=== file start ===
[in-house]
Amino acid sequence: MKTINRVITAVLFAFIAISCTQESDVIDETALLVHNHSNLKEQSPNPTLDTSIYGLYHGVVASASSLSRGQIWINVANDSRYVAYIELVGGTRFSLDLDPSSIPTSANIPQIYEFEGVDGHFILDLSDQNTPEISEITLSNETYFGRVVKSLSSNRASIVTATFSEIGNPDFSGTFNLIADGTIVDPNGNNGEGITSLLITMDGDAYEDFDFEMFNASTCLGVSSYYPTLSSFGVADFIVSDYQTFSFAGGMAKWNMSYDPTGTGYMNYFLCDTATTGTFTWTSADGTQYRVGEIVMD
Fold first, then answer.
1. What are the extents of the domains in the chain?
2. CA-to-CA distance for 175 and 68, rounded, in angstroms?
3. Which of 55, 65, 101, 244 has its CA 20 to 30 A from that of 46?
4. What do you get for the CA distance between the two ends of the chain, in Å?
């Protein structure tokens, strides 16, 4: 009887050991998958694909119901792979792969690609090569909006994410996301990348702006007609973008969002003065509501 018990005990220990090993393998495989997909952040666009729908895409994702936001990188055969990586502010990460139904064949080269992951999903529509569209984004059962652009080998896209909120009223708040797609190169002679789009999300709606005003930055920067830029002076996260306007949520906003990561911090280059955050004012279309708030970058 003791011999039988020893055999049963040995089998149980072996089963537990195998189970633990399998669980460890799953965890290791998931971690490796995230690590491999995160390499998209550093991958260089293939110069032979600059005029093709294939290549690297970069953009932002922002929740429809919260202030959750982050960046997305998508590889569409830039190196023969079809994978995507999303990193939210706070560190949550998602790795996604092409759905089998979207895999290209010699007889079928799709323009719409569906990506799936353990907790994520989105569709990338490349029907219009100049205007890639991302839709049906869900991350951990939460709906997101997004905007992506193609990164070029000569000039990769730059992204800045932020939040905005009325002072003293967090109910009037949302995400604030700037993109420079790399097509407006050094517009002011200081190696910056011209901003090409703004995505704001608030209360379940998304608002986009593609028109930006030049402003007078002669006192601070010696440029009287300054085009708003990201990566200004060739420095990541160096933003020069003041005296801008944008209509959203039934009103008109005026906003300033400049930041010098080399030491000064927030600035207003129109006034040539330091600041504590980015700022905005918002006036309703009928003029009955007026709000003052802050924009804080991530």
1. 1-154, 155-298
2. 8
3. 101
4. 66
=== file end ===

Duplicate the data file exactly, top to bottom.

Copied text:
[in-house]
Amino acid sequence: MKTINRVITAVLFAFIAISCTQESDVIDETALLVHNHSNLKEQSPNPTLDTSIYGLYHGVVASASSLSRGQIWINVANDSRYVAYIELVGGTRFSLDLDPSSIPTSANIPQIYEFEGVDGHFILDLSDQNTPEISEITLSNETYFGRVVKSLSSNRASIVTATFSEIGNPDFSGTFNLIADGTIVDPNGNNGEGITSLLITMDGDAYEDFDFEMFNASTCLGVSSYYPTLSSFGVADFIVSDYQTFSFAGGMAKWNMSYDPTGTGYMNYFLCDTATTGTFTWTSADGTQYRVGEIVMD
Fold first, then answer.
1. What are the extents of the domains in the chain?
2. CA-to-CA distance for 175 and 68, rounded, in angstroms?
3. Which of 55, 65, 101, 244 has its CA 20 to 30 A from that of 46?
4. What do you get for the CA distance between the two ends of the chain, in Å?
């Protein structure tokens, strides 16, 4: 009887050991998958694909119901792979792969690609090569909006994410996301990348702006007609973008969002003065509501 018990005990220990090993393998495989997909952040666009729908895409994702936001990188055969990586502010990460139904064949080269992951999903529509569209984004059962652009080998896209909120009223708040797609190169002679789009999300709606005003930055920067830029002076996260306007949520906003990561911090280059955050004012279309708030970058 003791011999039988020893055999049963040995089998149980072996089963537990195998189970633990399998669980460890799953965890290791998931971690490796995230690590491999995160390499998209550093991958260089293939110069032979600059005029093709294939290549690297970069953009932002922002929740429809919260202030959750982050960046997305998508590889569409830039190196023969079809994978995507999303990193939210706070560190949550998602790795996604092409759905089998979207895999290209010699007889079928799709323009719409569906990506799936353990907790994520989105569709990338490349029907219009100049205007890639991302839709049906869900991350951990939460709906997101997004905007992506193609990164070029000569000039990769730059992204800045932020939040905005009325002072003293967090109910009037949302995400604030700037993109420079790399097509407006050094517009002011200081190696910056011209901003090409703004995505704001608030209360379940998304608002986009593609028109930006030049402003007078002669006192601070010696440029009287300054085009708003990201990566200004060739420095990541160096933003020069003041005296801008944008209509959203039934009103008109005026906003300033400049930041010098080399030491000064927030600035207003129109006034040539330091600041504590980015700022905005918002006036309703009928003029009955007026709000003052802050924009804080991530």
1. 1-154, 155-298
2. 8
3. 101
4. 66